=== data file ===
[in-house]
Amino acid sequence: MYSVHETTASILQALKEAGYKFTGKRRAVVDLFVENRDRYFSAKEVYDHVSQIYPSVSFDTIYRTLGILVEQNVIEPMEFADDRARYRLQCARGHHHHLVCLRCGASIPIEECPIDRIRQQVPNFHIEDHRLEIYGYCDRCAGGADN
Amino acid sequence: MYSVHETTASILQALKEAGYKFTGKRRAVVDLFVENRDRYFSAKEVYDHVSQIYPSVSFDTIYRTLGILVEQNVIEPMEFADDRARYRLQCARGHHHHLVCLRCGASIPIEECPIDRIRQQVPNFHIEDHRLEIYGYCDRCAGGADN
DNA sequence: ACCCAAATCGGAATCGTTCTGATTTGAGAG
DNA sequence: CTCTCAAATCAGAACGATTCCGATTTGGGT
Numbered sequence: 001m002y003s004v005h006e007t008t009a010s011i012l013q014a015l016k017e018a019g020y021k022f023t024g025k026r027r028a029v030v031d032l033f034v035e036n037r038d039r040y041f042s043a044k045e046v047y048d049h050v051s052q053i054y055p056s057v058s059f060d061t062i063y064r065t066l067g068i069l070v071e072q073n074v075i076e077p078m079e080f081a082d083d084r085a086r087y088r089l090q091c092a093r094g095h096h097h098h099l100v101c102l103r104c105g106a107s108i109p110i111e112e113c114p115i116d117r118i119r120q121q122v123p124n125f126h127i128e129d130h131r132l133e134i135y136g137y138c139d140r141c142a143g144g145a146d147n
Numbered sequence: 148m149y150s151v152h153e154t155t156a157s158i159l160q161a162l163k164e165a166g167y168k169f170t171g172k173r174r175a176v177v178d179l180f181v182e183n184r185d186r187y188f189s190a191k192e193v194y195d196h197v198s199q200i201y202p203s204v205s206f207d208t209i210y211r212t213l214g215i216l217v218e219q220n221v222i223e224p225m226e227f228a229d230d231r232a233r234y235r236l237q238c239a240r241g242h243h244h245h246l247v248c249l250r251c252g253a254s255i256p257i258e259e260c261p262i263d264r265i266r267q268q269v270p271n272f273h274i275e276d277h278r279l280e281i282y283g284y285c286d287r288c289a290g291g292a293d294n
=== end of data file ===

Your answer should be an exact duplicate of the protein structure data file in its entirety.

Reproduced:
[in-house]
Amino acid sequence: MYSVHETTASILQALKEAGYKFTGKRRAVVDLFVENRDRYFSAKEVYDHVSQIYPSVSFDTIYRTLGILVEQNVIEPMEFADDRARYRLQCARGHHHHLVCLRCGASIPIEECPIDRIRQQVPNFHIEDHRLEIYGYCDRCAGGADN
Amino acid sequence: MYSVHETTASILQALKEAGYKFTGKRRAVVDLFVENRDRYFSAKEVYDHVSQIYPSVSFDTIYRTLGILVEQNVIEPMEFADDRARYRLQCARGHHHHLVCLRCGASIPIEECPIDRIRQQVPNFHIEDHRLEIYGYCDRCAGGADN
DNA sequence: ACCCAAATCGGAATCGTTCTGATTTGAGAG
DNA sequence: CTCTCAAATCAGAACGATTCCGATTTGGGT
Numbered sequence: 001m002y003s004v005h006e007t008t009a010s011i012l013q014a015l016k017e018a019g020y021k022f023t024g025k026r027r028a029v030v031d032l033f034v035e036n037r038d039r040y041f042s043a044k045e046v047y048d049h050v051s052q053i054y055p056s057v058s059f060d061t062i063y064r065t066l067g068i069l070v071e072q073n074v075i076e077p078m079e080f081a082d083d084r085a086r087y088r089l090q091c092a093r094g095h096h097h098h099l100v101c102l103r104c105g106a107s108i109p110i111e112e113c114p115i116d117r118i119r120q121q122v123p124n125f126h127i128e129d130h131r132l133e134i135y136g137y138c139d140r141c142a143g144g145a146d147n
Numbered sequence: 148m149y150s151v152h153e154t155t156a157s158i159l160q161a162l163k164e165a166g167y168k169f170t171g172k173r174r175a176v177v178d179l180f181v182e183n184r185d186r187y188f189s190a191k192e193v194y195d196h197v198s199q200i201y202p203s204v205s206f207d208t209i210y211r212t213l214g215i216l217v218e219q220n221v222i223e224p225m226e227f228a229d230d231r232a233r234y235r236l237q238c239a240r241g242h243h244h245h246l247v248c249l250r251c252g253a254s255i256p257i258e259e260c261p262i263d264r265i266r267q268q269v270p271n272f273h274i275e276d277h278r279l280e281i282y283g284y285c286d287r288c289a290g291g292a293d294n